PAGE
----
Most meeting software lets you add your name to your profile so that meeting participants can know who you are. Make sure you fill it out with your full name as you are known by your colleagues and your pronouns. Zoom Meeting has a separate field for adding pronouns. Your name helps other people identify you and including your pronouns helps them refer to you correctly. Clarifying pronouns also normalizes doing it, which can help other people feel comfortable sharing their pronouns and create a more inclusive environment.
Similarly, when you speak in a large meeting or in a meeting where not everyone knows you, state your full name clearly and slowly so people can hear it and know how to pronounce it.
15. Schedule Breaks for Long Meetings
Whenever a meeting is scheduled to run longer than 45 minutes or so, schedule breaks. Everyone will appreciate them, but it's especially important for people who are or were recently pregnant, have chronic pain, or are in a situation where sitting still for long periods of time is difficult and therefore distracting.
For more advice on meetings and remote work, see our 20 tips for working from home and 5 tips for more productive meetings.
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- Create a Culture of Speaking Up. ...
- Provide an Agenda and Materials in Advance. ...
- Add Alt Text to Images in Presentations. ...
- Make Some of the Meeting Asynchronous. ...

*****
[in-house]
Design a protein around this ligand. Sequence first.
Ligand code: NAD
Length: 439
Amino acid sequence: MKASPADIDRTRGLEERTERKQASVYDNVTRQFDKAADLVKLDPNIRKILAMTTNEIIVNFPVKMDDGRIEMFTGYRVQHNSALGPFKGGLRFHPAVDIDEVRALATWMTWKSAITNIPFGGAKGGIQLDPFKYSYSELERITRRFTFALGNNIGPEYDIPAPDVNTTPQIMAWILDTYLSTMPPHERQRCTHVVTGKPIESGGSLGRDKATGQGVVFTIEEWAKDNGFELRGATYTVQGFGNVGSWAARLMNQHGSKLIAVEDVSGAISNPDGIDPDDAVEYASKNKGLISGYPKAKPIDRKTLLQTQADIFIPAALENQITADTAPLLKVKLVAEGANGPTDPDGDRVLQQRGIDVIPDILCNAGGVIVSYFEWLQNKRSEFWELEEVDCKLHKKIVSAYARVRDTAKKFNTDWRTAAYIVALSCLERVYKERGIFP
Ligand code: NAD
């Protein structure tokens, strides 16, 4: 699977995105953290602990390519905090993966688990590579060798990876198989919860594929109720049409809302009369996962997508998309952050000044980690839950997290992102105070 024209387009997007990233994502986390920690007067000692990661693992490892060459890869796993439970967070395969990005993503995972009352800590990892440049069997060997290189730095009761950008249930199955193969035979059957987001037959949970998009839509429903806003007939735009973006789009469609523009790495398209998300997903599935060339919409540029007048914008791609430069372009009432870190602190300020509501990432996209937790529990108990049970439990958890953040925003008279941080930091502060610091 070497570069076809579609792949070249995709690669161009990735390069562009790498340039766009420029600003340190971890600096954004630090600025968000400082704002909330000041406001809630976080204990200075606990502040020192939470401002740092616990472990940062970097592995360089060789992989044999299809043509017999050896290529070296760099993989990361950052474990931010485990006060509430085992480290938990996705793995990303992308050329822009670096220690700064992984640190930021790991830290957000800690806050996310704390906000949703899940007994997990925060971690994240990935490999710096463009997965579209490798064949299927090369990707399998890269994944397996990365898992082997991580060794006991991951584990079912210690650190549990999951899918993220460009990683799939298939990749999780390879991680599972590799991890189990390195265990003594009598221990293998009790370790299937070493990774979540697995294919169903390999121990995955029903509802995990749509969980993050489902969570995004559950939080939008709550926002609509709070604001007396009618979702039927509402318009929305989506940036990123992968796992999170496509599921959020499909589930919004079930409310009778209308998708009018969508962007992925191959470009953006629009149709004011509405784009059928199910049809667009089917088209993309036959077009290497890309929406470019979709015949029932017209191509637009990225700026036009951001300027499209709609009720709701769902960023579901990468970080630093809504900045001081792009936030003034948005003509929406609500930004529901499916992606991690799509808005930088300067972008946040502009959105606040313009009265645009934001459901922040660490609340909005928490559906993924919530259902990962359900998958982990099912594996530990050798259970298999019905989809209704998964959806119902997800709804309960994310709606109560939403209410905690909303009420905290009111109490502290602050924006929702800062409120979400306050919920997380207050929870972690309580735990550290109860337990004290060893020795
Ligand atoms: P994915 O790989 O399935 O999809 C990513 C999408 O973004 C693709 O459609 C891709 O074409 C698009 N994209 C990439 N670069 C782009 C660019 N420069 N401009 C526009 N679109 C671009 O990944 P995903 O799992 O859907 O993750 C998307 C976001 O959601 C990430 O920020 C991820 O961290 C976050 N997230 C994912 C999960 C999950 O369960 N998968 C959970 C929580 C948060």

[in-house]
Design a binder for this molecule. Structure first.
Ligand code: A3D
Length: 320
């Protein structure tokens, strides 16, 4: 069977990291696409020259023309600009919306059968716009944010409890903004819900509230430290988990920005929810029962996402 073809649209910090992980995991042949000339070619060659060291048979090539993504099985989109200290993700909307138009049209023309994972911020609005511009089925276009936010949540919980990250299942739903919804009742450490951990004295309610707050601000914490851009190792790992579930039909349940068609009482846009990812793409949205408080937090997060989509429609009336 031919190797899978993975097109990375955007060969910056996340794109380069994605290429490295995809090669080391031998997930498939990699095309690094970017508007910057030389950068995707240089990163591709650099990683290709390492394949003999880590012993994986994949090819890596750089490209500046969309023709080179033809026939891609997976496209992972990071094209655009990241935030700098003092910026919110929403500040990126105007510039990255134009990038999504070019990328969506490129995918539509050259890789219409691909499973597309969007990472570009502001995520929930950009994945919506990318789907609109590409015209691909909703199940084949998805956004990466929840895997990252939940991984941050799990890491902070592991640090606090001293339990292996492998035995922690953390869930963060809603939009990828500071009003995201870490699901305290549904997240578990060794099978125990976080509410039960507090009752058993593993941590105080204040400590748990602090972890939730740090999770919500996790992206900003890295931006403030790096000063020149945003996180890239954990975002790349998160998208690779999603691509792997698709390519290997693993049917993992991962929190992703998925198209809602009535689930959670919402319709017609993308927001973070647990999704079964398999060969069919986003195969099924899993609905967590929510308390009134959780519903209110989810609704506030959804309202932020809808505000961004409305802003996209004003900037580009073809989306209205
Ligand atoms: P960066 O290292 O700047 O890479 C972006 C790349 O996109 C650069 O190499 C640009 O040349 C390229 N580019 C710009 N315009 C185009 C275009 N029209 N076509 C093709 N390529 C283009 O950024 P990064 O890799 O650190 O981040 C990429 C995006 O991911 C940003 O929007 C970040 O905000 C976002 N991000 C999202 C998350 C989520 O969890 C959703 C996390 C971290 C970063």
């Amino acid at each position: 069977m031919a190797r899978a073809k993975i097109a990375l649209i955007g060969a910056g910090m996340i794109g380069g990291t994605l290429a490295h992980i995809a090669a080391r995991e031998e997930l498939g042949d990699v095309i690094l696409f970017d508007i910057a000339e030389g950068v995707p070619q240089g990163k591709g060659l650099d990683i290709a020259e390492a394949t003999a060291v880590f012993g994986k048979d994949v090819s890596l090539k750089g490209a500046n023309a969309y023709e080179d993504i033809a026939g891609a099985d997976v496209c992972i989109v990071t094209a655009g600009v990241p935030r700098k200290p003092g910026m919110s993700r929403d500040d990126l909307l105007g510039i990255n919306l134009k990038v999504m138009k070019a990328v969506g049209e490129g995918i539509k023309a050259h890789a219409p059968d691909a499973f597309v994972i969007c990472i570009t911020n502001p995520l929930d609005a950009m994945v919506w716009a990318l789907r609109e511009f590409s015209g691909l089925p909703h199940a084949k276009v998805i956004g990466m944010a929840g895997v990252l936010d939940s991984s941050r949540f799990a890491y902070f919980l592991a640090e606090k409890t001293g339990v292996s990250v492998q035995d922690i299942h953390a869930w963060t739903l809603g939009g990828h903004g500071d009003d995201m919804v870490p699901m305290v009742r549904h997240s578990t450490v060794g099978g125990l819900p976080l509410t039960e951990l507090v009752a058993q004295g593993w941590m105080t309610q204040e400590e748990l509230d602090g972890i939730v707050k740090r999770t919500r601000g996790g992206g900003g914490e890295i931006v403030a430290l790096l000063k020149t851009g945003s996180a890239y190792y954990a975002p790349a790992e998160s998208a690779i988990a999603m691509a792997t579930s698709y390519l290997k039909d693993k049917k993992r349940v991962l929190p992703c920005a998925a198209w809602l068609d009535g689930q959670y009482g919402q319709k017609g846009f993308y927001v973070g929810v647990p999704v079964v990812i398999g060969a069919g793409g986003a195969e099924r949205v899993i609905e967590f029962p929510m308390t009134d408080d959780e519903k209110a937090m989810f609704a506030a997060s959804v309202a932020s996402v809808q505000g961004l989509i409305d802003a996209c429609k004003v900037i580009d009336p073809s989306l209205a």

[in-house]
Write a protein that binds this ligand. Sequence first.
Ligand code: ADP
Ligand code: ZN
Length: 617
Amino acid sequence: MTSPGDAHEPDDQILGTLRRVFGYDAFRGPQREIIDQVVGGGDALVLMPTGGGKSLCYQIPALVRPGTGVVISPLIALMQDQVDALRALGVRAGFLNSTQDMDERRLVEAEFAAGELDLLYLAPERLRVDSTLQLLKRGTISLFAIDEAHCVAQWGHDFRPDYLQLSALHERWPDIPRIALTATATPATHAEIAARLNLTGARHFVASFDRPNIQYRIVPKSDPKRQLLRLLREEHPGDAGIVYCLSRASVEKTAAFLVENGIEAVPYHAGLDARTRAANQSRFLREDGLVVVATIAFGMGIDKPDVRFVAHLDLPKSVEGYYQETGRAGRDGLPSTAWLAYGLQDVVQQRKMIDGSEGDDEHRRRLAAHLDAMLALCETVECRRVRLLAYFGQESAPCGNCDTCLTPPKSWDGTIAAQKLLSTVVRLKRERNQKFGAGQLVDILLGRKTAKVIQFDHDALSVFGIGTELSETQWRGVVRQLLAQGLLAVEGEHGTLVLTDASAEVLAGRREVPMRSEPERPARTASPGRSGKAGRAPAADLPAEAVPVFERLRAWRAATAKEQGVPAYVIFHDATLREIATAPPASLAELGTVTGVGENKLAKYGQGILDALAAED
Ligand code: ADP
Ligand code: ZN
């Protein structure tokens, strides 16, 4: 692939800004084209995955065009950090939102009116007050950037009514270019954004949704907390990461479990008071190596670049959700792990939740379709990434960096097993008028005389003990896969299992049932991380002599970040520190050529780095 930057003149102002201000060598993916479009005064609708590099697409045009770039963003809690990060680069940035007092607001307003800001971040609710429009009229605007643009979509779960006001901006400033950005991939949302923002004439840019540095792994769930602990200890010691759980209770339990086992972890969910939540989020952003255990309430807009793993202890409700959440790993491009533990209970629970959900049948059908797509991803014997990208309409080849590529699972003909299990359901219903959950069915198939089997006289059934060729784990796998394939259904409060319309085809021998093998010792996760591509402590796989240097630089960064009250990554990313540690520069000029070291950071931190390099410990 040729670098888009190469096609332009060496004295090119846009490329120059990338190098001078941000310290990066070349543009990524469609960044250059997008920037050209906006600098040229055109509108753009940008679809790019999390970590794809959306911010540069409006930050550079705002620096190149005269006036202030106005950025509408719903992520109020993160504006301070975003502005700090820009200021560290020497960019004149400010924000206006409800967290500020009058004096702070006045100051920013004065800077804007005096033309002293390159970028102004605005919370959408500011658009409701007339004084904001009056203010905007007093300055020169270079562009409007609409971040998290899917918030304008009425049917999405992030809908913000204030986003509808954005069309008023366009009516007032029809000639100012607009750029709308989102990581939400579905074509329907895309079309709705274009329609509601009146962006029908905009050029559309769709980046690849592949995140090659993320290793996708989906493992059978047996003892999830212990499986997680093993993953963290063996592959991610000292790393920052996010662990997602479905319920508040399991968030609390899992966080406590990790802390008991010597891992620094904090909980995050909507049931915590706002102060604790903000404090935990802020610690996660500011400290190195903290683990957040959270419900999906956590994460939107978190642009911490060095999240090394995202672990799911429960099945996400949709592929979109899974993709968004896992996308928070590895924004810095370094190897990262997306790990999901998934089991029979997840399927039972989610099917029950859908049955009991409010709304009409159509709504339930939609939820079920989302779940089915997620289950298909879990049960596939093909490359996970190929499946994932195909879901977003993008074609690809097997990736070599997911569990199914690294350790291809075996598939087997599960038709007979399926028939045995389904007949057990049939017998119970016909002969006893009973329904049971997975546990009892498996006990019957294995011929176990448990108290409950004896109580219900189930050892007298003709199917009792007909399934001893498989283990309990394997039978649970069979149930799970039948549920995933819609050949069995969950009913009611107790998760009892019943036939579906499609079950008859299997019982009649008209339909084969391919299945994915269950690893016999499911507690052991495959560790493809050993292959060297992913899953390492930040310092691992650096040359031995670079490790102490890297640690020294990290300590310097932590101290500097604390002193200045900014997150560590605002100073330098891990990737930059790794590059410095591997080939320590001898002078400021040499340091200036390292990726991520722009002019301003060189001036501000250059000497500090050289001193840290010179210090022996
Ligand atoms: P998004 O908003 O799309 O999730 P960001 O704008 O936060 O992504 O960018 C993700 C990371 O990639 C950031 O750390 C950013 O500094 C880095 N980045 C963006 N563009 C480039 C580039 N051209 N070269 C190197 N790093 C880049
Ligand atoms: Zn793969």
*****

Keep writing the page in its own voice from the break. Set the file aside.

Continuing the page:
- Record the Call. ...
- Enable Closed Captioning. ...
- Make Accessibility Features Opt-Out, Not Opt-In. ...
- Brush Up on Best Practices for Slideshows.
Send meeting invites well in advance to allow people time to prepare. Ensure invite text is large and easy to read, and ask invitees if any accessibility accommodations are required. Finally, include a statement letting individuals know that they can request accommodations (such as ASL or captioning) for the meeting.
- A culture of inclusivity. ...
- Making reasonable adjustments. ...
- Managing cognitive overload. ...
- Embrace different ways of interacting in a videoconference. ...
- Use Q&A instead of chat within Zoom. ...
- Providing captions for those with hearing loss. ...
- Provide information such as slides in advance.
- Enable the Closed Captions Feature. ...
- “Spotlight” ASL Interpreters. ...
- Manually Create Breakout Rooms When Using Interpreters. ...
- Slow Down Your Pace. ...
- Enable “Always Show Meeting Controls” ...
- Enable the “Mute Participants Upon Entry” Feature. ...
- Communicate Keyboard Shortcuts.
- Image alt text.
- Keyboard accessibility.
- Sequential heading structure.
- Accessible hyperlinks.
- Consistent navigation.
For something to be accessible someone needs to be able to complete the task they are trying to achieve without encountering an barrier or issue. To complete a task on a website there are a number of things that need to work. The information that the user needs must be perceivable to them.
- Choose Your Platform Carefully. ...
- Include Live Transcription or Closed Captioning of Your Presentation. ...
- Send Presentation Slides out Ahead of Time. ...
- Use High Contrast Colours on the Slides. ...
- Limit the Amount of Text on Slides.
Zoom cloud meeting recordings can be streamed through the My Recording page of the Zoom web portal. The cloud recordings video player is accessible to screen readers and accessible to keyboard-only. Cloud recordings also support closed captioning and transcript views.